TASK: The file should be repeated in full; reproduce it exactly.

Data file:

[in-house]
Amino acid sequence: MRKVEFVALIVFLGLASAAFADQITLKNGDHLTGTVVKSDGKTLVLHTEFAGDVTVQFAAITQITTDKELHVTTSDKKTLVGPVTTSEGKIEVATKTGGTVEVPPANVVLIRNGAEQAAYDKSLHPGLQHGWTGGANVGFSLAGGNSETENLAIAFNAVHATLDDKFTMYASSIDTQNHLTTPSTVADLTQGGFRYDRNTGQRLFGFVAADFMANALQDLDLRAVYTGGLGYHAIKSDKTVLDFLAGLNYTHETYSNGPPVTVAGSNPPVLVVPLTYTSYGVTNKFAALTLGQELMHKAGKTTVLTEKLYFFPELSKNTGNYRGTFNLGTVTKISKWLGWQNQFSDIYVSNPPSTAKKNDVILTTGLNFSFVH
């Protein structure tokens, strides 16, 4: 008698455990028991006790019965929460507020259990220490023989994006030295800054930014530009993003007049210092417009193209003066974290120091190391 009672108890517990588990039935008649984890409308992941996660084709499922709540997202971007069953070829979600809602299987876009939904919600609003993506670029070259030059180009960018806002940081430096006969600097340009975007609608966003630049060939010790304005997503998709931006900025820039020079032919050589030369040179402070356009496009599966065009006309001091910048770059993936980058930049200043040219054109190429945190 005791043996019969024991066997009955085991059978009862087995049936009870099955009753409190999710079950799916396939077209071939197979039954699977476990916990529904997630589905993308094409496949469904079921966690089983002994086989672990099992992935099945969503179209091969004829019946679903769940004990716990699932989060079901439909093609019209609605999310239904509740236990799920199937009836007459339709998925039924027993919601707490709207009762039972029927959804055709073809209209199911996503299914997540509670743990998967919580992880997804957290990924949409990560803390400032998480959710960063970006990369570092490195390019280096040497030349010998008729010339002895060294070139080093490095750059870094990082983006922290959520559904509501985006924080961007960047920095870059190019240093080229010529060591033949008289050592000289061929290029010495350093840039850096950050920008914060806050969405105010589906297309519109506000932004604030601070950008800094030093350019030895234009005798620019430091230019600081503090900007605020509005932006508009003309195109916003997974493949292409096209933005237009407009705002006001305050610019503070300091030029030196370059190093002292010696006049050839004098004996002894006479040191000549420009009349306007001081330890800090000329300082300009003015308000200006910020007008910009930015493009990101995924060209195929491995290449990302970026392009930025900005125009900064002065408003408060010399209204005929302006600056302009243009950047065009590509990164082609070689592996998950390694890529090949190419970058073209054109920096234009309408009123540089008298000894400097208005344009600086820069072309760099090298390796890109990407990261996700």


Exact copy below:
[in-house]
Amino acid sequence: MRKVEFVALIVFLGLASAAFADQITLKNGDHLTGTVVKSDGKTLVLHTEFAGDVTVQFAAITQITTDKELHVTTSDKKTLVGPVTTSEGKIEVATKTGGTVEVPPANVVLIRNGAEQAAYDKSLHPGLQHGWTGGANVGFSLAGGNSETENLAIAFNAVHATLDDKFTMYASSIDTQNHLTTPSTVADLTQGGFRYDRNTGQRLFGFVAADFMANALQDLDLRAVYTGGLGYHAIKSDKTVLDFLAGLNYTHETYSNGPPVTVAGSNPPVLVVPLTYTSYGVTNKFAALTLGQELMHKAGKTTVLTEKLYFFPELSKNTGNYRGTFNLGTVTKISKWLGWQNQFSDIYVSNPPSTAKKNDVILTTGLNFSFVH
């Protein structure tokens, strides 16, 4: 008698455990028991006790019965929460507020259990220490023989994006030295800054930014530009993003007049210092417009193209003066974290120091190391 009672108890517990588990039935008649984890409308992941996660084709499922709540997202971007069953070829979600809602299987876009939904919600609003993506670029070259030059180009960018806002940081430096006969600097340009975007609608966003630049060939010790304005997503998709931006900025820039020079032919050589030369040179402070356009496009599966065009006309001091910048770059993936980058930049200043040219054109190429945190 005791043996019969024991066997009955085991059978009862087995049936009870099955009753409190999710079950799916396939077209071939197979039954699977476990916990529904997630589905993308094409496949469904079921966690089983002994086989672990099992992935099945969503179209091969004829019946679903769940004990716990699932989060079901439909093609019209609605999310239904509740236990799920199937009836007459339709998925039924027993919601707490709207009762039972029927959804055709073809209209199911996503299914997540509670743990998967919580992880997804957290990924949409990560803390400032998480959710960063970006990369570092490195390019280096040497030349010998008729010339002895060294070139080093490095750059870094990082983006922290959520559904509501985006924080961007960047920095870059190019240093080229010529060591033949008289050592000289061929290029010495350093840039850096950050920008914060806050969405105010589906297309519109506000932004604030601070950008800094030093350019030895234009005798620019430091230019600081503090900007605020509005932006508009003309195109916003997974493949292409096209933005237009407009705002006001305050610019503070300091030029030196370059190093002292010696006049050839004098004996002894006479040191000549420009009349306007001081330890800090000329300082300009003015308000200006910020007008910009930015493009990101995924060209195929491995290449990302970026392009930025900005125009900064002065408003408060010399209204005929302006600056302009243009950047065009590509990164082609070689592996998950390694890529090949190419970058073209054109920096234009309408009123540089008298000894400097208005344009600086820069072309760099090298390796890109990407990261996700």